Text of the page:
In likely its last "midnight rule," the Department of Homeland Security (DHS) plans to publish a more limited version of its Strengthening the H-1B Nonimmigrant Visa Classification Final Rule (the "Final Rule"). With the twin goals of aligning the H-1B regulations with the Immigration and Nationality Act and improving the integrity of the H-1B program, the Final Rule targets employers who assign H-1B workers to third-party worksites, requiring those employers to establish a valid "employer-employee" relationship. After the interim final rule's attempt to redefine what constitutes a "specialty occupation" was invalidated by a federal court in December 2020, DHS has made clear that the agency "will not finalize the changes to any other provisions implemented by the interim final rule (IFR), as DHS plans to pursue future rulemaking for those provisions."

New Standard for Assessing "Employer-Employee Relationships"

Applying common law principles, DHS outlined a non-exhaustive list of factors that US Citizenship and Immigration Services (USCIS) will consider in determining if an H-1B petitioner maintains a valid employer-employee relationship with a sponsored foreign national. Those include whether the H-1B sponsor:

  1. Supervises the H-1B worker, including how the H-1B petition maintains such supervision when the H-1B worker is assigned to a third-party worksite;
  2. Has the right to control the work of the beneficiary on a day-to-day basis and to assign projects;
  3. Has the ability to control the manner and means in which the work product of the beneficiary is accomplished;
  4. Provides the tools or instrumentalities needed for the H-1B worker to perform the duties of employment;
  5. Hires, pays, and has the ability to fire the H-1B worker;
  6. Evaluates the work-product of the H-1B worker;
  7. Claims the H-1B worker as an employee for tax purposes; and
  8. Provides the H-1B worker employee benefits.

DHS will also consider whether the sponsored H-1B employee:

  1. Uses proprietary information of the H-1B sponsor to perform the duties of employment; and
  2. Produces an end-product that is directly linked to the H-1B sponsor's line of business.

The Final Rule confirms USCIS will consider all factors in determining whether a valid employer-employee relationship exists, with no one factor determinative. The agency also identified additional factors for consideration where the H-1B worker owns part of the H-1B sponsor's business.

How Employers Can Establish a Valid "Employer-Employee" Relationship

DHS outlines that, when assigning H-1B workers to third-party worksites, employers must produce "contracts, work orders, or other similar evidence" to evidence the terms and conditions of the H-1B employment and that H-1B worker will have sufficient specialty occupation work. Employers may also produce a "summary of the terms of the oral agreement" under which an H-1B worker will work, if a written contract does not exist, or "a detailed letter signed by an unauthorized official of the ultimate end-client company." DHS makes clear that uncorroborated statements by H-1B sponsors are "generally insufficient" to establish these facts.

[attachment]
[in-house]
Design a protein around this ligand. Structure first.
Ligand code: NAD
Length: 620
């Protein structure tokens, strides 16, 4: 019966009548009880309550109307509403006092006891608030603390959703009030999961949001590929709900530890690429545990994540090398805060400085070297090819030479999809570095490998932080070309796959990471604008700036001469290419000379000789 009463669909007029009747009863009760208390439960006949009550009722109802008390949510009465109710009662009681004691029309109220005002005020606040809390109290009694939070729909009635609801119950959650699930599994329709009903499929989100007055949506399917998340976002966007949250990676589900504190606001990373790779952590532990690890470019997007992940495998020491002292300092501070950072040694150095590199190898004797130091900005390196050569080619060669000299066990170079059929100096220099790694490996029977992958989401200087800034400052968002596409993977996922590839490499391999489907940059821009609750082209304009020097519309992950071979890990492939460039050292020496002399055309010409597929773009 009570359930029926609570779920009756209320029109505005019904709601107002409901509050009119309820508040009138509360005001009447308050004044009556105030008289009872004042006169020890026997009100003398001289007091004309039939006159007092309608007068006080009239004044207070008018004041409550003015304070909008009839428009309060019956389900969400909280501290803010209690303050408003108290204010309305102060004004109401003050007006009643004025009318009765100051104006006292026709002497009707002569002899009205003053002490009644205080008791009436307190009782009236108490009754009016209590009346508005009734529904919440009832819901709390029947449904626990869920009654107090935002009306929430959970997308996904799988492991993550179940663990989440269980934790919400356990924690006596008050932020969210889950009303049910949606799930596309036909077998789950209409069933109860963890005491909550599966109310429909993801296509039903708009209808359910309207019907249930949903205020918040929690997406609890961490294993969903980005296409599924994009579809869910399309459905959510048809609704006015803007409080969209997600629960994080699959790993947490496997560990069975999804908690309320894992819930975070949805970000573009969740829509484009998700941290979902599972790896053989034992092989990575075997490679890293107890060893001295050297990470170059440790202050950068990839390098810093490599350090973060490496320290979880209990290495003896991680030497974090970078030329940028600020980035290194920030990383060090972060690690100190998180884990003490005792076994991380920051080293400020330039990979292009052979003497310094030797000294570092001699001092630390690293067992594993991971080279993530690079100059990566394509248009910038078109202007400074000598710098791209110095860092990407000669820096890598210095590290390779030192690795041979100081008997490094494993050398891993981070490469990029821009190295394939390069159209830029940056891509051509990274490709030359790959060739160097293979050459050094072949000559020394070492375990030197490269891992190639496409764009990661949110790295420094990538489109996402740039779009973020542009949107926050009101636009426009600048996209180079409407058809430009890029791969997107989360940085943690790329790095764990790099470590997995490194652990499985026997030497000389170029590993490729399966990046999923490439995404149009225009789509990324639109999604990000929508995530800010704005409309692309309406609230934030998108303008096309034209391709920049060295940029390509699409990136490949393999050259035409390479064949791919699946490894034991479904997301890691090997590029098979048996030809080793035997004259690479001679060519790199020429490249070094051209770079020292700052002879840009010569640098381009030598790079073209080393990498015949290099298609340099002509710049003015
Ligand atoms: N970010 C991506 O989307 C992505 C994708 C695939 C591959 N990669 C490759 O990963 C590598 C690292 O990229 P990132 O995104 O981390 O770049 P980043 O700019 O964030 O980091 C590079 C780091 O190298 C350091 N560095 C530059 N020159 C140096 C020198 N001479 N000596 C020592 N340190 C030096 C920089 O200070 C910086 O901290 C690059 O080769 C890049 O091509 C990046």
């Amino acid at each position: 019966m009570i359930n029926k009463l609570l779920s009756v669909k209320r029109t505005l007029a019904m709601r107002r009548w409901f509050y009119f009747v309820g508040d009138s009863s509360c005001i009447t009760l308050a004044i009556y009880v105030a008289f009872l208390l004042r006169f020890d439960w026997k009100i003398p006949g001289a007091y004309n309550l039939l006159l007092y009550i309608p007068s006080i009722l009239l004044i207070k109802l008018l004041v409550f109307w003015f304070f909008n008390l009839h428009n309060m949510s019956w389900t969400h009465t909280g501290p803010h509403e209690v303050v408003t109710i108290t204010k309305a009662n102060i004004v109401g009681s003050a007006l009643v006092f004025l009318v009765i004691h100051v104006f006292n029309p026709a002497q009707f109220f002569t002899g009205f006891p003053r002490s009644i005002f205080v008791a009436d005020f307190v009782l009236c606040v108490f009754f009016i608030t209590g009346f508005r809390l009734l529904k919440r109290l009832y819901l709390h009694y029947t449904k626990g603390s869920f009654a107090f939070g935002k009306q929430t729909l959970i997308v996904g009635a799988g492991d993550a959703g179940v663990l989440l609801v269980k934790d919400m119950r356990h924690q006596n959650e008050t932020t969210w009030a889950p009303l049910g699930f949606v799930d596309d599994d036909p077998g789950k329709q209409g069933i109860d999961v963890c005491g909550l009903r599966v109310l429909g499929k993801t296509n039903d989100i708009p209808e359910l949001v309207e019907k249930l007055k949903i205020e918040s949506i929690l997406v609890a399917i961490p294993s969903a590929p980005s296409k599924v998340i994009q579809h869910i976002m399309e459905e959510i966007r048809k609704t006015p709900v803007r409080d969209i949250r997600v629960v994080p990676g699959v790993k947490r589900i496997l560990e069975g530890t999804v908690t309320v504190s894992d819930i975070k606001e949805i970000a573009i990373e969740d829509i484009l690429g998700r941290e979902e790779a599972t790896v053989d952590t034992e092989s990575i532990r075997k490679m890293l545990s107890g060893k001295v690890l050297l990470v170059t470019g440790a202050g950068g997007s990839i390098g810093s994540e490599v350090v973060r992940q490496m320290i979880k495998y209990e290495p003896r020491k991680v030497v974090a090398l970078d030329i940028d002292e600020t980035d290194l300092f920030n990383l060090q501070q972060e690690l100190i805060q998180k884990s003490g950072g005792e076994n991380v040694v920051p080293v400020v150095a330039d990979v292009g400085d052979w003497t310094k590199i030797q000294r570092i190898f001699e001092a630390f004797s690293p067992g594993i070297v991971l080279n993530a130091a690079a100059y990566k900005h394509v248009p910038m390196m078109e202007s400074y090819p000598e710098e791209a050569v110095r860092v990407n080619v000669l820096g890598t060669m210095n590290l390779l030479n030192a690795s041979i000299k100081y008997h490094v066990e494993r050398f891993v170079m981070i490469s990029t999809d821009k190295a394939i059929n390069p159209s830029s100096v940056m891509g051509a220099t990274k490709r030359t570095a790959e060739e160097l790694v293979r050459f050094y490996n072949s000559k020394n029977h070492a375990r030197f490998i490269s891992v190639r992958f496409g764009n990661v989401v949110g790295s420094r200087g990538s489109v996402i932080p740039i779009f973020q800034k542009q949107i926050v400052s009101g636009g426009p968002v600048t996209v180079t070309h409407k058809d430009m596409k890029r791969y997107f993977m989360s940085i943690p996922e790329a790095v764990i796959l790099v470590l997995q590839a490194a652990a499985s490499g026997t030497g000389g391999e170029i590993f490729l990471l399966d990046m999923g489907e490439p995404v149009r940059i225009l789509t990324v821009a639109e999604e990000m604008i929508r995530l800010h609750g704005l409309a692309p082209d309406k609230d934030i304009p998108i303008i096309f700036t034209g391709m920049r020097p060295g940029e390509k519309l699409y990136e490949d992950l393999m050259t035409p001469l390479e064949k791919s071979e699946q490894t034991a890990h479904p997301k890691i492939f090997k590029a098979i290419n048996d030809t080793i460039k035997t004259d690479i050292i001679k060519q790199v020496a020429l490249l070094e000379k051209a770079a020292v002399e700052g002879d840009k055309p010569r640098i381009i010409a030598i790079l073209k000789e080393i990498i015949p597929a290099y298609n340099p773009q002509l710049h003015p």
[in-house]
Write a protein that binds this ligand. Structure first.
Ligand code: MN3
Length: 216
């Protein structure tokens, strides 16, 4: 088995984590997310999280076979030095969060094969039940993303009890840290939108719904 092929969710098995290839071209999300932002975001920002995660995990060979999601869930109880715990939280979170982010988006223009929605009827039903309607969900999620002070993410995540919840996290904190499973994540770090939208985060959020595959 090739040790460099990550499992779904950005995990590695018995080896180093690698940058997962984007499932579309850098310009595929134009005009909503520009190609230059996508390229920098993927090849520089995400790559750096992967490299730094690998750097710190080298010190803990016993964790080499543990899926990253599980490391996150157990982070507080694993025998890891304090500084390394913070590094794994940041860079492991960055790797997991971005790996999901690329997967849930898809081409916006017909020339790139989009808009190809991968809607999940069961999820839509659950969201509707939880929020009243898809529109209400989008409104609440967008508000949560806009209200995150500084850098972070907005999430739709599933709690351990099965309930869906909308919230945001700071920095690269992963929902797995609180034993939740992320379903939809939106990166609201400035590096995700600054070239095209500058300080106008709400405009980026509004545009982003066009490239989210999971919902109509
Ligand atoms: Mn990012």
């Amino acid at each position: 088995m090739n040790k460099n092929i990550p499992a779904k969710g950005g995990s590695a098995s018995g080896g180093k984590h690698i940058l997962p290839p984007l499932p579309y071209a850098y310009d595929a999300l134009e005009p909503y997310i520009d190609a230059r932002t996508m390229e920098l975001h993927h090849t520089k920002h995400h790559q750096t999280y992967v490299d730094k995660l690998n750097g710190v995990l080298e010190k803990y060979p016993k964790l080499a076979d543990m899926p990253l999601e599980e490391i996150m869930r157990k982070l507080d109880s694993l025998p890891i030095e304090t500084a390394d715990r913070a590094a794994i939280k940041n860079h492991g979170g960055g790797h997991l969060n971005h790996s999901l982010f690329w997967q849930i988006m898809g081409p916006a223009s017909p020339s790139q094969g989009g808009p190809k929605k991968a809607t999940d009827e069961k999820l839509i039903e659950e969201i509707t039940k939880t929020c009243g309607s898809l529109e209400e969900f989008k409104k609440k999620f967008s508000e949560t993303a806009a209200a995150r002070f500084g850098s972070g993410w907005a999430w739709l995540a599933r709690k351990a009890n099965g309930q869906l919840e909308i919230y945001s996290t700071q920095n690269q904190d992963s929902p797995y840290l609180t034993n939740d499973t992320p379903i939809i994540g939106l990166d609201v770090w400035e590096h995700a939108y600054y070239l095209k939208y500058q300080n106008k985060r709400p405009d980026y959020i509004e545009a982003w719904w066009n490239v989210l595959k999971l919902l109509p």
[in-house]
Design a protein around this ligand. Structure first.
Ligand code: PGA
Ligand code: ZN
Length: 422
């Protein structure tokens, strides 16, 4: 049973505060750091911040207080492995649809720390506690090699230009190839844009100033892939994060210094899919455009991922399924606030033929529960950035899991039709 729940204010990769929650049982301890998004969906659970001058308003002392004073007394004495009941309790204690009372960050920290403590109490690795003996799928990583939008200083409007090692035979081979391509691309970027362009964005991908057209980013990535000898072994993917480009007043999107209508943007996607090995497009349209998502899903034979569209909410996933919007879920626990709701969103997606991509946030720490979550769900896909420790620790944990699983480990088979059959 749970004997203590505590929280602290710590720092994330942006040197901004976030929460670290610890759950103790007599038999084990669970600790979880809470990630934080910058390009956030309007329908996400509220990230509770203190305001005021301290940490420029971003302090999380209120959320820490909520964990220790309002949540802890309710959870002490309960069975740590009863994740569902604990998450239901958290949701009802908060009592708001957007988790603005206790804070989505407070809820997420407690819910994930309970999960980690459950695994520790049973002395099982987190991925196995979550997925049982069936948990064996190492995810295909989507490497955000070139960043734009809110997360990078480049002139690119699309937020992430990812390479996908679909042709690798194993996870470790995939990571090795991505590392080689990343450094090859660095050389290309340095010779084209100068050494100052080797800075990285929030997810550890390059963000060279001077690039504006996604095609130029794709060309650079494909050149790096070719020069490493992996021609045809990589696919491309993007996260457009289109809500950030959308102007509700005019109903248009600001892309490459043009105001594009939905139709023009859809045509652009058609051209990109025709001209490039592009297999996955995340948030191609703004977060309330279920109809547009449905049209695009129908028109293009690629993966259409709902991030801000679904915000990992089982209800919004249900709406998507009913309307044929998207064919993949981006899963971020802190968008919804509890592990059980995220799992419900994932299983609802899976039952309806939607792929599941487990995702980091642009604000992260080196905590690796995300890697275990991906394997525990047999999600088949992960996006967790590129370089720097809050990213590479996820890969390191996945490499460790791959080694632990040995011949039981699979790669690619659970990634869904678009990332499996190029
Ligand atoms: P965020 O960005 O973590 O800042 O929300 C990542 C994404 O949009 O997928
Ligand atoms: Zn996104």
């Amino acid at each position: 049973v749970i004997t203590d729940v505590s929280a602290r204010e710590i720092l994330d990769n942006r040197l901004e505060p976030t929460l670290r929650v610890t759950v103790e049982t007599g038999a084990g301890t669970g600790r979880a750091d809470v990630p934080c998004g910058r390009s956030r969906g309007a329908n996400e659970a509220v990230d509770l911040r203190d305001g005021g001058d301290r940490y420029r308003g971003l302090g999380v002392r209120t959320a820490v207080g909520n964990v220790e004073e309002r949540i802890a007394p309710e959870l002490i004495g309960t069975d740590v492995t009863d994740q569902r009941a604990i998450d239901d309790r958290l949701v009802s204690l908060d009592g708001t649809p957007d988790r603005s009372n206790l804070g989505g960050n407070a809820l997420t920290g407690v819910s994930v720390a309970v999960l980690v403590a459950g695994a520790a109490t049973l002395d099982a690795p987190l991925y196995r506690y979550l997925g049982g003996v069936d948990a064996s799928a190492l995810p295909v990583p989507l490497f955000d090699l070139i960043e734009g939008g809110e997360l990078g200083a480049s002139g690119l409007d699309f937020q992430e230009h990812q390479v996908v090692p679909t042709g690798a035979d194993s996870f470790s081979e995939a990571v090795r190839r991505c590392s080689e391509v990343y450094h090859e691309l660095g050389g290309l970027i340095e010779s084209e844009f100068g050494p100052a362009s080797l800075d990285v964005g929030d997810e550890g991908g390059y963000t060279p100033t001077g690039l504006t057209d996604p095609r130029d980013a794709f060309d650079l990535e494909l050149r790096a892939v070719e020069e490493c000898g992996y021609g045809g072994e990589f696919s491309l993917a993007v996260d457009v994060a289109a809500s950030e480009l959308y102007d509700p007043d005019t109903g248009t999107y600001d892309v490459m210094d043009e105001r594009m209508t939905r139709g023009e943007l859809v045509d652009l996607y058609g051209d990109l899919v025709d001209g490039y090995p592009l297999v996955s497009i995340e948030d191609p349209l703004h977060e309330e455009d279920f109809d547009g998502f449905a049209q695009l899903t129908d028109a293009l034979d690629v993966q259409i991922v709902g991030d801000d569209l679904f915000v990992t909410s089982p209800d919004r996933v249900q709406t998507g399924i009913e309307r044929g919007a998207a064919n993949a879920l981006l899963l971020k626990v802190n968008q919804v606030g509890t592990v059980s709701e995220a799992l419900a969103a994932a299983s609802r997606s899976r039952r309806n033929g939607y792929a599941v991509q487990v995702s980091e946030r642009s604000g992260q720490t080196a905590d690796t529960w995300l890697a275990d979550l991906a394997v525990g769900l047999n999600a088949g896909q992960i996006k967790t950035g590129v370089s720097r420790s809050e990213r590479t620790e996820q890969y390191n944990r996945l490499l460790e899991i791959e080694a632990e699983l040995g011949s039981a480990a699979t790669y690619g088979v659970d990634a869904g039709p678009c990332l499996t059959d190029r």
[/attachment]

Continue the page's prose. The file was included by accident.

Notably, the Final Rule does not impose additional "itinerary" requirements on employers, which were outlined in the February 2018 Memorandum that USCIS issued but later rescinded after litigation on its legality. DHS estimates that H-1B sponsors should expect to spend "approximately 1 hour of work to gather and submit" this corroborating evidence into their H-1B petitions.

Next Steps

The Final Rule will go into effect in 180 days from the date of publication, and is likely to be published January 19, 2021. At this time, Mayer Brown is monitoring what steps the Biden Administration may take to postpone the Final Rule from going into effect and to act swiftly on its other immigration priorities, including the introduction of comprehensive immigration reform within its first 100 days.

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This Mayer Brown article provides information and comments on legal issues and developments of interest. The foregoing is not a comprehensive treatment of the subject matter covered and is not intended to provide legal advice. Readers should seek specific legal advice before taking any action with respect to the matters discussed herein.